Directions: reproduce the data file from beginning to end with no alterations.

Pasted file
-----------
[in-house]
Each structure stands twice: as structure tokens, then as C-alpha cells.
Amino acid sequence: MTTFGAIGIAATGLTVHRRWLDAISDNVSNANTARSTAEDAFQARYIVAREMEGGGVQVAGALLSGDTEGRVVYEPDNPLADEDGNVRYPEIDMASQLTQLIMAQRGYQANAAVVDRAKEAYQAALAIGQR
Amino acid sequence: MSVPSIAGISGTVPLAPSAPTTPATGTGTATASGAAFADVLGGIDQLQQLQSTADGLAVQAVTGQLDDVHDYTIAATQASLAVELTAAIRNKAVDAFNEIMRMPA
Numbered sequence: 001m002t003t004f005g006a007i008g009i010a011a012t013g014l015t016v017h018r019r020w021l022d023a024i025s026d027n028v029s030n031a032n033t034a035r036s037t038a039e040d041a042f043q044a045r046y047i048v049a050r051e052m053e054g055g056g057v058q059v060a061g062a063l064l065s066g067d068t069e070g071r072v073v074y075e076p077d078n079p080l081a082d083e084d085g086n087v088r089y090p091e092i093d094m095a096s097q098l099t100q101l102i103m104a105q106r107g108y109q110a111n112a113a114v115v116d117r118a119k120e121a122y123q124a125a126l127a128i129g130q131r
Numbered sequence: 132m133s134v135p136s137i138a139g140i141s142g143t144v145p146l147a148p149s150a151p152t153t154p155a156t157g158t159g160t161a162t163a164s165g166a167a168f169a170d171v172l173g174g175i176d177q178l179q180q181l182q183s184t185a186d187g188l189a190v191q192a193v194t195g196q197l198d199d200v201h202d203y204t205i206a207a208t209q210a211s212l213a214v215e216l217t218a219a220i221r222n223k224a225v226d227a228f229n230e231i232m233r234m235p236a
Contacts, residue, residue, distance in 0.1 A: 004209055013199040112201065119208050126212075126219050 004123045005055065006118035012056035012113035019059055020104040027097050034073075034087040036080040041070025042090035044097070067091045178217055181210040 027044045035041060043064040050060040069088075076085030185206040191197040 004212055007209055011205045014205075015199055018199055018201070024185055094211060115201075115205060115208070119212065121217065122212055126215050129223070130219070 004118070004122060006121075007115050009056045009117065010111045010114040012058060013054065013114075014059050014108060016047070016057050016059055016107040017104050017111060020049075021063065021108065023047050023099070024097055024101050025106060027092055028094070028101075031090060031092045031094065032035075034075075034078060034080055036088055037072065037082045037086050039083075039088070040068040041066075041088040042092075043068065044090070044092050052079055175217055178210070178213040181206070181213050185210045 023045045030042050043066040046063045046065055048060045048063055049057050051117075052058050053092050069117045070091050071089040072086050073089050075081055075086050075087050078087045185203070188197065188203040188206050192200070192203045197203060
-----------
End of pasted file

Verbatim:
[in-house]
Each structure stands twice: as structure tokens, then as C-alpha cells.
Amino acid sequence: MTTFGAIGIAATGLTVHRRWLDAISDNVSNANTARSTAEDAFQARYIVAREMEGGGVQVAGALLSGDTEGRVVYEPDNPLADEDGNVRYPEIDMASQLTQLIMAQRGYQANAAVVDRAKEAYQAALAIGQR
Amino acid sequence: MSVPSIAGISGTVPLAPSAPTTPATGTGTATASGAAFADVLGGIDQLQQLQSTADGLAVQAVTGQLDDVHDYTIAATQASLAVELTAAIRNKAVDAFNEIMRMPA
Numbered sequence: 001m002t003t004f005g006a007i008g009i010a011a012t013g014l015t016v017h018r019r020w021l022d023a024i025s026d027n028v029s030n031a032n033t034a035r036s037t038a039e040d041a042f043q044a045r046y047i048v049a050r051e052m053e054g055g056g057v058q059v060a061g062a063l064l065s066g067d068t069e070g071r072v073v074y075e076p077d078n079p080l081a082d083e084d085g086n087v088r089y090p091e092i093d094m095a096s097q098l099t100q101l102i103m104a105q106r107g108y109q110a111n112a113a114v115v116d117r118a119k120e121a122y123q124a125a126l127a128i129g130q131r
Numbered sequence: 132m133s134v135p136s137i138a139g140i141s142g143t144v145p146l147a148p149s150a151p152t153t154p155a156t157g158t159g160t161a162t163a164s165g166a167a168f169a170d171v172l173g174g175i176d177q178l179q180q181l182q183s184t185a186d187g188l189a190v191q192a193v194t195g196q197l198d199d200v201h202d203y204t205i206a207a208t209q210a211s212l213a214v215e216l217t218a219a220i221r222n223k224a225v226d227a228f229n230e231i232m233r234m235p236a
Contacts, residue, residue, distance in 0.1 A: 004209055013199040112201065119208050126212075126219050 004123045005055065006118035012056035012113035019059055020104040027097050034073075034087040036080040041070025042090035044097070067091045178217055181210040 027044045035041060043064040050060040069088075076085030185206040191197040 004212055007209055011205045014205075015199055018199055018201070024185055094211060115201075115205060115208070119212065121217065122212055126215050129223070130219070 004118070004122060006121075007115050009056045009117065010111045010114040012058060013054065013114075014059050014108060016047070016057050016059055016107040017104050017111060020049075021063065021108065023047050023099070024097055024101050025106060027092055028094070028101075031090060031092045031094065032035075034075075034078060034080055036088055037072065037082045037086050039083075039088070040068040041066075041088040042092075043068065044090070044092050052079055175217055178210070178213040181206070181213050185210045 023045045030042050043066040046063045046065055048060045048063055049057050051117075052058050053092050069117045070091050071089040072086050073089050075081055075086050075087050078087045185203070188197065188203040188206050192200070192203045197203060